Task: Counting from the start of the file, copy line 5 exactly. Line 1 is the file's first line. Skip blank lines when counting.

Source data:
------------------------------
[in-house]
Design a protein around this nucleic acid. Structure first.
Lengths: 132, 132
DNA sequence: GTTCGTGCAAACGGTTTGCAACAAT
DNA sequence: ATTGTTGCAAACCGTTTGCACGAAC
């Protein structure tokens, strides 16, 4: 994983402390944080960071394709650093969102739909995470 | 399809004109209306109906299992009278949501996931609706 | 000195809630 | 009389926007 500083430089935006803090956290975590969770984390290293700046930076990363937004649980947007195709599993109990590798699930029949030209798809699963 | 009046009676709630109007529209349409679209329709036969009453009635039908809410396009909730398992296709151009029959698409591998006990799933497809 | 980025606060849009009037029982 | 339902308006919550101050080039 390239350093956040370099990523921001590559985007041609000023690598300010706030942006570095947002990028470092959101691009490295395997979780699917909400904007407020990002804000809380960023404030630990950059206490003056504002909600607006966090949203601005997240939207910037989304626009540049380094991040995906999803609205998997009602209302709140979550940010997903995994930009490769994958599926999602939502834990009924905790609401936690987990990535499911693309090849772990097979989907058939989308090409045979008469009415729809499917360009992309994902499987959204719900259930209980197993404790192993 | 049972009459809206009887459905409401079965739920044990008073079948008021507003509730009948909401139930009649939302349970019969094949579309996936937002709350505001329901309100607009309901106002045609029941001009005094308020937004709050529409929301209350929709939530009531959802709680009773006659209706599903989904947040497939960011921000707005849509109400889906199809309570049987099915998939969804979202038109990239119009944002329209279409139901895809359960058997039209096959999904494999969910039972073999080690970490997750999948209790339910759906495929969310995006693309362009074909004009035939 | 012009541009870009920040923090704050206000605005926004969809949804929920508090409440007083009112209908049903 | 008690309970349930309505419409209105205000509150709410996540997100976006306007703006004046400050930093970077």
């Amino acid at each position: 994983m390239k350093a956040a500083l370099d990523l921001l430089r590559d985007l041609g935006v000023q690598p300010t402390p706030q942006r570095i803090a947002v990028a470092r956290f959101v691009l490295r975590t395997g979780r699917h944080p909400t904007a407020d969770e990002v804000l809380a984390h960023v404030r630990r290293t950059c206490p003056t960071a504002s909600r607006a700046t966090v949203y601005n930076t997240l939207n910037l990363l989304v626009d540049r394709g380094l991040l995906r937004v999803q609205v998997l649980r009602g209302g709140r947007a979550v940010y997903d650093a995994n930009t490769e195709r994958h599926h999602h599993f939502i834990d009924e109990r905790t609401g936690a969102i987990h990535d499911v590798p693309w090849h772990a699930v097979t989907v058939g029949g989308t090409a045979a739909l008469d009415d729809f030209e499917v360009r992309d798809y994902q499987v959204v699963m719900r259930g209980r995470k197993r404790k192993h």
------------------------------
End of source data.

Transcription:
DNA sequence: ATTGTTGCAAACCGTTTGCACGAAC